Russia might be about to withdraw its troops from occupied Kherson

A damaged military vehicle is seen after the withdrawal of Russian forces in Balakliia, Kharkiv Oblast, Ukraine, on Sept. 13, 2022.

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As Russian authorities continue a mass evacuation of civilians from occupied Kherson in southern Ukraine, defense analysts believe that the movement of people is setting the scene for Moscow to withdraw its troops from a significant part of the region.

Up to 60,000 civilians are expected to be evacuated in the next few days from the western part of the Kherson region, on the right-hand side of the Dnipro River, to the eastern bank of the river with residents told then to travel to other Russia-occupied regions.

Residents were told to leave Kherson after Russian-installed officials warned them that Ukraine is preparing to launch a large-scale offensive. Ukraine has decried the evacuations, likening them to deportations and telling residents not to comply.

Vladimir Saldo, the region’s Russian-installed acting governor, claimed that the evacuation was necessary as Ukraine was “building up forces for a large-scale offensive” and that Russia wanted to protect its citizens. Meanwhile, his deputy, Kirill Stremousov, said on Telegram late Tuesday that “in the very near future, the battle for Kherson will begin.”

“We cannot rule out that both Kherson and the right (west) bank (of the Dnipro River) of Kherson region will come under shelling,” Stremousov said Wednesday. On Thursday, he claimed Russian forces had repelled four attempts by Ukrainian troops to “break through in the Kherson direction.”

For its part, Ukraine has disputed that preface to the evacuations, saying Russia was trying to scare civilians and was using the evacuation as “propaganda.”

The Ukrainian Defense Ministry declined to comment further to CNBC on the situation in Kherson, however, in a sign that the military situation in Ukraine is highly sensitive.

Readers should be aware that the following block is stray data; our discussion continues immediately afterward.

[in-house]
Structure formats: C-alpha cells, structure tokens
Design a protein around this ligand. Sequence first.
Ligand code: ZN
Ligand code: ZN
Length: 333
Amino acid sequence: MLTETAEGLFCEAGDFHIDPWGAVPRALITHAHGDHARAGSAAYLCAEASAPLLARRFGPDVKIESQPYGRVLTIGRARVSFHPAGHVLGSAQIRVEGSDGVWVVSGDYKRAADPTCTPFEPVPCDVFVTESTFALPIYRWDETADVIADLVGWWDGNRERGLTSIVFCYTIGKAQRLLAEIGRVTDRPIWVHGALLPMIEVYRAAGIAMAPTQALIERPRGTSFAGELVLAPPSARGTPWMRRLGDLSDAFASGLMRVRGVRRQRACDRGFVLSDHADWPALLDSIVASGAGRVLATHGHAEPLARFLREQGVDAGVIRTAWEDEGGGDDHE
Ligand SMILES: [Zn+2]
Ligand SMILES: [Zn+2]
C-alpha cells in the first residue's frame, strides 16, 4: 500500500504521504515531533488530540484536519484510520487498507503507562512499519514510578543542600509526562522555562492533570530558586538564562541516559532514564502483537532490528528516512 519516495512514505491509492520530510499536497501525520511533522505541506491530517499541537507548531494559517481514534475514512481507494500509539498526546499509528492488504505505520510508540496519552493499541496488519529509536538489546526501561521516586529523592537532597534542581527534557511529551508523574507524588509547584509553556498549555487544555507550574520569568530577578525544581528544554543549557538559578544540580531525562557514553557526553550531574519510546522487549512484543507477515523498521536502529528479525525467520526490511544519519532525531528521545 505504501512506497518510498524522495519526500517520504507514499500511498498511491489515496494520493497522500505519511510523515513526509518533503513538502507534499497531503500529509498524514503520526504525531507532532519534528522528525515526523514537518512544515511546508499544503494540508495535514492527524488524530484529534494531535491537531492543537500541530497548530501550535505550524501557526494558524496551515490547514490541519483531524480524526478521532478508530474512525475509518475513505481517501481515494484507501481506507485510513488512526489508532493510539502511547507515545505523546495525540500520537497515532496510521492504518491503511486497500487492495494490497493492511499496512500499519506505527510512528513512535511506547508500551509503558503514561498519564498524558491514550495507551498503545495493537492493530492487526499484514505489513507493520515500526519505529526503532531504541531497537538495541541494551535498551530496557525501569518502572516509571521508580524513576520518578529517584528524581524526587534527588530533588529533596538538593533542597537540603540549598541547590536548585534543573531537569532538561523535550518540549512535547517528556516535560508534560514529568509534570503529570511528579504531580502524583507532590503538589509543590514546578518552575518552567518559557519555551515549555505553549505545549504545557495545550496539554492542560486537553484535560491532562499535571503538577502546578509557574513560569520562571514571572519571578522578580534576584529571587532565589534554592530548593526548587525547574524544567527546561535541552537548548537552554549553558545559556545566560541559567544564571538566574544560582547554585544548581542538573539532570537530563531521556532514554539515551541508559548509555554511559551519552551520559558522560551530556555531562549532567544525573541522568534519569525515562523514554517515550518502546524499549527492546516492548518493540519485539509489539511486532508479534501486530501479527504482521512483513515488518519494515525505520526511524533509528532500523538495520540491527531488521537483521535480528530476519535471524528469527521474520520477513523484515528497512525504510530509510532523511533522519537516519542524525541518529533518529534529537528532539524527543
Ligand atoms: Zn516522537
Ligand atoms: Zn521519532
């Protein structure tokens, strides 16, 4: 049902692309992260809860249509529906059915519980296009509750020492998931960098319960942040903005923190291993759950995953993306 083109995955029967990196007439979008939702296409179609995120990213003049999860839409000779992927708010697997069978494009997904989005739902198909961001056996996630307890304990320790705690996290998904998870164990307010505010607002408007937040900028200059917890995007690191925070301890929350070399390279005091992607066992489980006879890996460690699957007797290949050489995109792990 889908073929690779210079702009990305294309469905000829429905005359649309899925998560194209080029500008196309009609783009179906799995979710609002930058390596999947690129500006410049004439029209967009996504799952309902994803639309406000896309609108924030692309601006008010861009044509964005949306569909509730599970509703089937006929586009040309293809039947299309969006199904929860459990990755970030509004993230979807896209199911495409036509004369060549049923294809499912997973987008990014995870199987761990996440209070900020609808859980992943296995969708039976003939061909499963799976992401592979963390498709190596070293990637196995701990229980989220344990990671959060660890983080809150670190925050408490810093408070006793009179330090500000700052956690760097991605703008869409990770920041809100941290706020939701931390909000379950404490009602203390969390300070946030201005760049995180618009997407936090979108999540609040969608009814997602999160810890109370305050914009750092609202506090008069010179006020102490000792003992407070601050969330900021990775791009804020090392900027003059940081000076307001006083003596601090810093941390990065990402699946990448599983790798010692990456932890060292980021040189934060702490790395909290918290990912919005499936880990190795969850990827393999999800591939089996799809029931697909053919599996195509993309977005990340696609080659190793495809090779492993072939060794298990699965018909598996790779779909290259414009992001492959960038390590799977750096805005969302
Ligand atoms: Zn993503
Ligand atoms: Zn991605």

That’s seemingly the case for both sides.

General Sergey Surovikin, the newly-appointed commander of Russia’s armed forces in Ukraine described Russia’s “special military operation” (as it calls its invasion) in Ukraine as “tense,” adding that “further actions and plans regarding the city of Kherson will depend on the developing military-tactical situation, which is not easy.”

More enigmatically, he added: “We will act consciously, in a timely manner, without ruling out difficult decisions,” but refrained to give further details.

Setting the scene for withdrawal

Given the unguarded comments from Russian officials, analysts believe Russia is setting the scene now for an imminent withdrawal from a chunk of the whole Kherson region.

“Russian authorities are likely setting information conditions to justify planned Russian retreats and significant territorial losses in Kherson,” analysts at the Institute for the Study of War think tank said Wednesday. 

It said the recent statements by Russian officials “are likely attempts to set information conditions for a full Russian retreat across the Dnipro River, which would cede Kherson City and other significant territory in Kherson Oblast [province] to advancing Ukrainian troops.”

Another withdrawal for Russia would mark a further humiliation for Moscow; previous retreats by Russian forces from Kyiv, the outpost Snake Island or Kharkiv — or “tactical withdrawals” as Russia has characterized them — have made even the most pro-Kremlin figures in Russia critical of the country’s military officials and strategy.